Of all the things you don't want to see while orbiting Earth in a pressure-sealed habitat like the International Space Station, the view in the image above probably tops the list.
This quarter-inch (7-mm) diameter chip in one of the windows of the Cupola - that little nook where astronauts take all their cool pictures - was photographed by British astronaut Tim Peake this week against an inky backdrop of space. And holy crap, we'd be freaking out right now.
"I am often asked if the International Space Station is hit by space debris. Yes - this is the chip in one of our Cupola windows, glad it is quadruple glazed!" said Peake in a European Space Agency (ESA) release.
The good news is that the chip isn't a big deal, and it's not that unusual. It was most likely caused by the impact of a tiny piece of space debris, "possibly a paint flake or small metal fragment no bigger than a few thousandths of a millimetre across," writes the ESA.
It's crazy to think that such tiny, insignificant objects can do this much damage, but with the ISS constantly falling towards Earth at a mind-boggling 7.66 km/s (4.7 mps), even tiny flecks of paint can have a big impact.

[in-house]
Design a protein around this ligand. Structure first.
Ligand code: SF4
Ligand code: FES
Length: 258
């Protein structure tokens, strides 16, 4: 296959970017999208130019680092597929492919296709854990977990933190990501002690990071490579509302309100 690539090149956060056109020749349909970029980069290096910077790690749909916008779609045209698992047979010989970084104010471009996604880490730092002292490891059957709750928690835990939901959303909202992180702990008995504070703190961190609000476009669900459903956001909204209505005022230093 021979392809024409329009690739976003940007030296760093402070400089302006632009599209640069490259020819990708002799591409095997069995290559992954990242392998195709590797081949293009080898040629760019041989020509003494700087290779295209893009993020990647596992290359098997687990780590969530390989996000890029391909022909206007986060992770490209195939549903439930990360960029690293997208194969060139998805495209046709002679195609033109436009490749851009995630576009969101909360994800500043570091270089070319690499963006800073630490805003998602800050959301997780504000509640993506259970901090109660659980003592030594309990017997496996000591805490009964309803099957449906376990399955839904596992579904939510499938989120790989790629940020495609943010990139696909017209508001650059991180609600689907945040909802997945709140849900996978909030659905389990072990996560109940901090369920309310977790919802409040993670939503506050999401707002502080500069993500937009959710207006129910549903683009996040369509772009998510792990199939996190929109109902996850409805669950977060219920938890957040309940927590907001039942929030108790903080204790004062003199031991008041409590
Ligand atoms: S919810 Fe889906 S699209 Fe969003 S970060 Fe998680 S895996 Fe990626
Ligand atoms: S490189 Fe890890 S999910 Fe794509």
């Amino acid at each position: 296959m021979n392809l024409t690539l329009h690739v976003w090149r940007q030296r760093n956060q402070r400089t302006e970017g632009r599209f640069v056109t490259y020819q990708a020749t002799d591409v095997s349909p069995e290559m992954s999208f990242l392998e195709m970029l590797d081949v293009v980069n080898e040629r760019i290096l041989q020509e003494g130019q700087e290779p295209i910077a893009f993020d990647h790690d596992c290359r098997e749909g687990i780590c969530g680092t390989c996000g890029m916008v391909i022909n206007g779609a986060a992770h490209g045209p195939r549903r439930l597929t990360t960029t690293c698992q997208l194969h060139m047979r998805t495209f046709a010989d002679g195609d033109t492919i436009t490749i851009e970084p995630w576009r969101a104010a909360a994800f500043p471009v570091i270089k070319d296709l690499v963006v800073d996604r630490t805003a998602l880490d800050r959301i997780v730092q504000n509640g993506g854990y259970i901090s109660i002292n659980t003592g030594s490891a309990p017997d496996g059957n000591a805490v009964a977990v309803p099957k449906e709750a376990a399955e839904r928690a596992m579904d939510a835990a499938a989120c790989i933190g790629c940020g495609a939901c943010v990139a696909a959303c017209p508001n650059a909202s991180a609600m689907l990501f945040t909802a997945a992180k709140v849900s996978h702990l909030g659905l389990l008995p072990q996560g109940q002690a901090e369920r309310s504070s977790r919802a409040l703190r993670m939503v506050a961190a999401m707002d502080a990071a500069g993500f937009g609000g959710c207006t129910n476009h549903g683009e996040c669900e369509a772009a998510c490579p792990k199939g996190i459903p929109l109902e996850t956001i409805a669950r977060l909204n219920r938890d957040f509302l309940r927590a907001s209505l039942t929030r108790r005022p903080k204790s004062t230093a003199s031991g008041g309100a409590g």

Luckily the space station is designed to handle these types of small scrapes and nicks, with all its windows made from fused-silica and borosilicate-glass, and extensive shielding around all the crew and technical areas.
But if the ISS got hit by anything bigger, it could be in big trouble, as the ESA notes:
"An object up to 1 cm in size could disable an instrument or a critical flight system on a satellite. Anything above 1 cm could penetrate the shields of the Station’s crew modules, and anything larger than 10 cm could shatter a satellite or spacecraft into pieces."
Umm... Gravity, anyone?
To counter this risk, NASA and the ESA are constantly improving their debris-mitigation guidelines. Part of that involves monitoring space junk above 1 cm in size so that they can predict the risk of impact and steer the ISS our of harm's way if need be.
But they're also trying to cut down on space junk in the first place, and the ESA has made it mandatory for all of their mission parts to reenter the atmosphere and burn up within 25 years after they're retired.
That's a great plan, but with all this space junk out there already, a back-up definitely doesn't go astray... sometimes it's easy to forget how scary space can be.
Sources: Science Alert, Gizmodo